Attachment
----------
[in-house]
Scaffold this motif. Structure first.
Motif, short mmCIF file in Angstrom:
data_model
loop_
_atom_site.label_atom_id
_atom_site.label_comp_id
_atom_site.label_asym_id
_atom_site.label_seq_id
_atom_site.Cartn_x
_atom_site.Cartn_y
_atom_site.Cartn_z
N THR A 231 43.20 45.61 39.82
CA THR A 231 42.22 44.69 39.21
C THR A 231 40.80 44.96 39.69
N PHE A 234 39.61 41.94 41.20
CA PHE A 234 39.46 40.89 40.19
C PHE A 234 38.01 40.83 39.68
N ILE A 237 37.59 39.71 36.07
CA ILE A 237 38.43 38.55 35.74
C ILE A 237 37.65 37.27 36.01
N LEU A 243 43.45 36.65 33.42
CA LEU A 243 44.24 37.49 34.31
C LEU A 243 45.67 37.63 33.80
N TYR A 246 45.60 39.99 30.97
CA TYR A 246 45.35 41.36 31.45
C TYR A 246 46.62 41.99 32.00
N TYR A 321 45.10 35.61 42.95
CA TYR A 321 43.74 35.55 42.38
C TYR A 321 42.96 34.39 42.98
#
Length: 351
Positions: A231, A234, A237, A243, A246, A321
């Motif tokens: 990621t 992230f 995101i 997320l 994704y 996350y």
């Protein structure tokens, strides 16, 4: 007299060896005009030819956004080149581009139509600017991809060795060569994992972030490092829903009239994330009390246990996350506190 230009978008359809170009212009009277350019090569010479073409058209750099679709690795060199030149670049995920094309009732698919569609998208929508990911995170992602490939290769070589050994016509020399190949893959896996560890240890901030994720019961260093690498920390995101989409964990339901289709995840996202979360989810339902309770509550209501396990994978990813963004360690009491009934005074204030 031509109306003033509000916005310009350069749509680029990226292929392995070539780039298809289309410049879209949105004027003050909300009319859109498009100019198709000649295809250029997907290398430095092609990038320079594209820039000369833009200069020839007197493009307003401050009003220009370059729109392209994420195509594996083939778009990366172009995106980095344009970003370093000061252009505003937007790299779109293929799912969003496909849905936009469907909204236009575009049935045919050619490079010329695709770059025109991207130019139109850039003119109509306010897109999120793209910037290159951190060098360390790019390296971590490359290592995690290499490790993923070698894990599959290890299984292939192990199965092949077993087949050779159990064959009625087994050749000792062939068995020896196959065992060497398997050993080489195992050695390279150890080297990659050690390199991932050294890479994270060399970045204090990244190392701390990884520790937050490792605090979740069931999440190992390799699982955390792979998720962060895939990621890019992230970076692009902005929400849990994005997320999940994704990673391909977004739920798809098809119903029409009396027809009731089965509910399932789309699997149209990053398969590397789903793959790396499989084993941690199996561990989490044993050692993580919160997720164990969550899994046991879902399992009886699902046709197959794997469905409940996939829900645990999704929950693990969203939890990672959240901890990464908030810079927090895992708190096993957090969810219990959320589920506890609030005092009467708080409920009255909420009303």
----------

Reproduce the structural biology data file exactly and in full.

[in-house]
Scaffold this motif. Structure first.
Motif, short mmCIF file in Angstrom:
data_model
loop_
_atom_site.label_atom_id
_atom_site.label_comp_id
_atom_site.label_asym_id
_atom_site.label_seq_id
_atom_site.Cartn_x
_atom_site.Cartn_y
_atom_site.Cartn_z
N THR A 231 43.20 45.61 39.82
CA THR A 231 42.22 44.69 39.21
C THR A 231 40.80 44.96 39.69
N PHE A 234 39.61 41.94 41.20
CA PHE A 234 39.46 40.89 40.19
C PHE A 234 38.01 40.83 39.68
N ILE A 237 37.59 39.71 36.07
CA ILE A 237 38.43 38.55 35.74
C ILE A 237 37.65 37.27 36.01
N LEU A 243 43.45 36.65 33.42
CA LEU A 243 44.24 37.49 34.31
C LEU A 243 45.67 37.63 33.80
N TYR A 246 45.60 39.99 30.97
CA TYR A 246 45.35 41.36 31.45
C TYR A 246 46.62 41.99 32.00
N TYR A 321 45.10 35.61 42.95
CA TYR A 321 43.74 35.55 42.38
C TYR A 321 42.96 34.39 42.98
#
Length: 351
Positions: A231, A234, A237, A243, A246, A321
């Motif tokens: 990621t 992230f 995101i 997320l 994704y 996350y």
């Protein structure tokens, strides 16, 4: 007299060896005009030819956004080149581009139509600017991809060795060569994992972030490092829903009239994330009390246990996350506190 230009978008359809170009212009009277350019090569010479073409058209750099679709690795060199030149670049995920094309009732698919569609998208929508990911995170992602490939290769070589050994016509020399190949893959896996560890240890901030994720019961260093690498920390995101989409964990339901289709995840996202979360989810339902309770509550209501396990994978990813963004360690009491009934005074204030 031509109306003033509000916005310009350069749509680029990226292929392995070539780039298809289309410049879209949105004027003050909300009319859109498009100019198709000649295809250029997907290398430095092609990038320079594209820039000369833009200069020839007197493009307003401050009003220009370059729109392209994420195509594996083939778009990366172009995106980095344009970003370093000061252009505003937007790299779109293929799912969003496909849905936009469907909204236009575009049935045919050619490079010329695709770059025109991207130019139109850039003119109509306010897109999120793209910037290159951190060098360390790019390296971590490359290592995690290499490790993923070698894990599959290890299984292939192990199965092949077993087949050779159990064959009625087994050749000792062939068995020896196959065992060497398997050993080489195992050695390279150890080297990659050690390199991932050294890479994270060399970045204090990244190392701390990884520790937050490792605090979740069931999440190992390799699982955390792979998720962060895939990621890019992230970076692009902005929400849990994005997320999940994704990673391909977004739920798809098809119903029409009396027809009731089965509910399932789309699997149209990053398969590397789903793959790396499989084993941690199996561990989490044993050692993580919160997720164990969550899994046991879902399992009886699902046709197959794997469905409940996939829900645990999704929950693990969203939890990672959240901890990464908030810079927090895992708190096993957090969810219990959320589920506890609030005092009467708080409920009255909420009303």